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Six Sure-Fire Wildflower Hikes

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Spring 2000 - Summary

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The Trail Companion (ISSN 1528-0241 (print); 1094-222X (online)) is the quarterly newsletter of the Trail Center.

Editor: Scott Heeschen
Staff Writer: Geoffrey Skinner

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The Trail Companion

Spring 2000

Theme: San Francisco Bay Area Wildflowers

Six Sure-Fire Wildflower Hikes


Pulgas Ridge Open Space Preserve
(Midpeninsula Regional Open Space District)

This hike starts with a level, boring stretch on the Cordilleras trail, an easement beside a water department road.

Fetid adder's tongue, Pulgas Ridge
Fetid adder's tongue, Pulgas Ridge
Photo by Tim Oren
After 0.6 miles, bear off right onto the Polly Geraci trail (a 1988 Trail Center project) and turn almost immediately left on a bridge over Cordilleras Creek. Along the first stretch of trail, look for red giant trillium (Trillium chloropetalum), Indian warriors (Pedicularis densiflora), and Fendler's meadowrue (Thalictrum fendleri). As you begin to climb up switchbacks, you will come into the best Bay Area location we have found for Calif. fetid adder's tongue (or slink-pods) (Scoliopus bigelovii). There are also prominent displays of large (or fat) false solomon's seal (Smilacina racemosa), blooming mid- to late March, and batches of milkmaids (Cardamine californica) and Western (or Pacifc) hound's tongue (Cynoglossum grande). The Polly Geraci trail runs into chaparral about two-thirds up the hill, and continues up to meet an old blacktopped road.
      (If you miss this park in March, try early June instead. Look for golden brodiaea (Triteleia ixioides) lower on the trail, pitcher sage (Lepechinia calycina) in the chaparral, and try to spot scattered Indian pinks (or Calif. scarlet campion) (Silene californica) near the top.)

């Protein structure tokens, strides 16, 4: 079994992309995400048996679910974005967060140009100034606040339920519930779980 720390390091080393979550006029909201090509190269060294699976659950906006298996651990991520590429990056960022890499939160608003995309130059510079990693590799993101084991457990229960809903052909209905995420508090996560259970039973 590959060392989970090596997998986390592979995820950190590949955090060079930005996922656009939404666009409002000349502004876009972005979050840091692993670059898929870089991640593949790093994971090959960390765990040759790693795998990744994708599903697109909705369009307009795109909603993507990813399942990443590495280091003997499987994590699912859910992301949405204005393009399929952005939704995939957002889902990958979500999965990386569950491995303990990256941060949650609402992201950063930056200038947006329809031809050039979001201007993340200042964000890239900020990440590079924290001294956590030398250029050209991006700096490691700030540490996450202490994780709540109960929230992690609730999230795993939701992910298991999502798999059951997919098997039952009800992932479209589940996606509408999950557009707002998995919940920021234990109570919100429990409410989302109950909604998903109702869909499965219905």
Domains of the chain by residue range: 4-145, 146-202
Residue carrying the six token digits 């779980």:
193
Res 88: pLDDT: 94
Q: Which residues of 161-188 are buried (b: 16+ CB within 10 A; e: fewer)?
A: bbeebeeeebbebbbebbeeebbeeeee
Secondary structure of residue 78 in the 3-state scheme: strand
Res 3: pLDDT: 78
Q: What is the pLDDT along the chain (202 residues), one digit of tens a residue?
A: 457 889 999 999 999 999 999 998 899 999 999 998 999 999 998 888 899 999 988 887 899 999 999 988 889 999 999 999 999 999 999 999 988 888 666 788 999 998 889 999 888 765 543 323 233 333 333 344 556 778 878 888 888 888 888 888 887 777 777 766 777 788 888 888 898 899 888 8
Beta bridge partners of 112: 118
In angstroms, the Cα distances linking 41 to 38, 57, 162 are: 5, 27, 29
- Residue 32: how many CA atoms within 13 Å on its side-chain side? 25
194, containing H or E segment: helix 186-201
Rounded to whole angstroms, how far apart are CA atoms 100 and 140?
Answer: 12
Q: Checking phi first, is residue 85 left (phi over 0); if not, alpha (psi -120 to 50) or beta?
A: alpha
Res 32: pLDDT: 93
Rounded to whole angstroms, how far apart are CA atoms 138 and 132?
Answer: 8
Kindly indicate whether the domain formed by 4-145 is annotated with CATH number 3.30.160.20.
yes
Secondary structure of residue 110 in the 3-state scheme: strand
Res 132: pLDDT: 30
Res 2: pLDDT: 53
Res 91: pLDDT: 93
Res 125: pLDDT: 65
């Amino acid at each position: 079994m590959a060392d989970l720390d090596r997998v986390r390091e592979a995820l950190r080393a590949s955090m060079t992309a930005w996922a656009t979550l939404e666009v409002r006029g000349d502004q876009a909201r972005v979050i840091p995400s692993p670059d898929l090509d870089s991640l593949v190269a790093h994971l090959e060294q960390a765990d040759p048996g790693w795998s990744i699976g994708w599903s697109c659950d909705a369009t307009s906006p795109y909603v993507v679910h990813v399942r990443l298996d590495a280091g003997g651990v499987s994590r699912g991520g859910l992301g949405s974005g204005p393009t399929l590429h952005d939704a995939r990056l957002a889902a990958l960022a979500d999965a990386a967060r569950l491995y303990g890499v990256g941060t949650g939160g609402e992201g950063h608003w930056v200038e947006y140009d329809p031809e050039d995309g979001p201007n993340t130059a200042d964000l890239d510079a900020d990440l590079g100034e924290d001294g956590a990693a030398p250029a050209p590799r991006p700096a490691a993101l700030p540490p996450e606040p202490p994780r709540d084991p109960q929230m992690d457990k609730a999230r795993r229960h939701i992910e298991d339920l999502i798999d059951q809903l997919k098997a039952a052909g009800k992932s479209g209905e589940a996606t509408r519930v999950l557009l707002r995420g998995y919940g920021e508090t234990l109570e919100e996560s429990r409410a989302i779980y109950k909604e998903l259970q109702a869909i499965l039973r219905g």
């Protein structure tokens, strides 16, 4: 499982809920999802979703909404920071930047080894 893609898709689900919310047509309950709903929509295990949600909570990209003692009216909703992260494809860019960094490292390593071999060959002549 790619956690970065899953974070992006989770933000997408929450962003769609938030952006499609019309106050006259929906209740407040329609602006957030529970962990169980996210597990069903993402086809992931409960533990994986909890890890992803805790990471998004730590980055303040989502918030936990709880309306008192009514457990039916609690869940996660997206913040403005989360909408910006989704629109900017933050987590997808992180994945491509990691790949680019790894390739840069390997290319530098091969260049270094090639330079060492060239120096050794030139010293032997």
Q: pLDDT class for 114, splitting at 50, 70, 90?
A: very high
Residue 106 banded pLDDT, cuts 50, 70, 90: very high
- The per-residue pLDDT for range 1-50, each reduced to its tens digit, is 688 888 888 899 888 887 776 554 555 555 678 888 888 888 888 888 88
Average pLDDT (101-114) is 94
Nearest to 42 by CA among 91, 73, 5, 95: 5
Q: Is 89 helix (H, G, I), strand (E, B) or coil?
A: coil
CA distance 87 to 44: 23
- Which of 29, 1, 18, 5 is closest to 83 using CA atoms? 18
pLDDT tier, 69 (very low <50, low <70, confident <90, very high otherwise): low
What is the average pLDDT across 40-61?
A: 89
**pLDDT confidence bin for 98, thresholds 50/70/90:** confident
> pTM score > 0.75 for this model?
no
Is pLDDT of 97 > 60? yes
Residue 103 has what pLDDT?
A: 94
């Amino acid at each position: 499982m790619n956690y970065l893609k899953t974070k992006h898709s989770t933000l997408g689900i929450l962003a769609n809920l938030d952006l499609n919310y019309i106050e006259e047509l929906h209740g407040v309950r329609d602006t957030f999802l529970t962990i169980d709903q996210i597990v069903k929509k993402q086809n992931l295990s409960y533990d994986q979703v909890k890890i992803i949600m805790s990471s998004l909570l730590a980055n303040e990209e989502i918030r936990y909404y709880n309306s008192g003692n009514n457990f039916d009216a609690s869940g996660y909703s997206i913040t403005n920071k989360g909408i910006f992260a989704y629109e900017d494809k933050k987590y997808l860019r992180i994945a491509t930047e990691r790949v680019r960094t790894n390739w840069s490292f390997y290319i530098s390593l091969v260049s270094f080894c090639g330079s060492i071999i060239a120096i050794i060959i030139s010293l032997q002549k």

Walk down the paved road keeping to the right, and passing introduced plants - eucalyptus, acacia, and prickly pear. About a third of the way down the hill, turn onto the hiker-only Blue Oak trail.

Indian pinks, Pulgas Ridge
Indian pinks, Pulgas Ridge
Photo by Tim Oren
Here you will find the hike's best stands of both Indian warrior and hound's tongue. The trail delivers you onto Edmonds road, where you turn left to return to the car.
      For a demonstration of the subtle effects of Bay Area geology, follow this walk with a loop hike of the Sylvan trail in Edgewood Park (OK, I'll mention it just once.) This two-mile walk takes off from the Day Camp parking area, just east of the Crestview turn from Edgewood Road. While you'll find abundant fetid adder's tongue and milkmaids on the Polly Geraci trail, both are scarce on the Sylvan Loop, even though they share similar topography. The soil of both of these areas is weathered from sandstone, but the stone in Edgewood is Franciscan greywacke, while that in Pulgas is probably from the Whiskey Hill formation, and that's enough to make the difference.

Getting there: From I-280, take the Edgewood Road exit eastbound for about a mile. Turn left onto Crestview, then immediately left onto Edmonds. Park at a pullout near a gate and preserve sign.

Hike distance and elevation change: 2.5-mile loop, 400'

Best time for flowers: early to mid-March, but nice in June as well

On the Web:Pulgas Ridge OSP on the MROSD site or on the Portolá site

<== Back 3 of 7 Next ==>

Six Sure-Fire Wildflower Hikes
San Pedro Valley County Park
Wilder Ranch State Park
Russian Ridge Open Space Preserve
Joseph D. Grant County Park
Sunol Regional Wilderness
A Few More Wildflower Tips
Identifying the Mystery Plant
Wildflower and Plant Guides - Web and Electronic Resources

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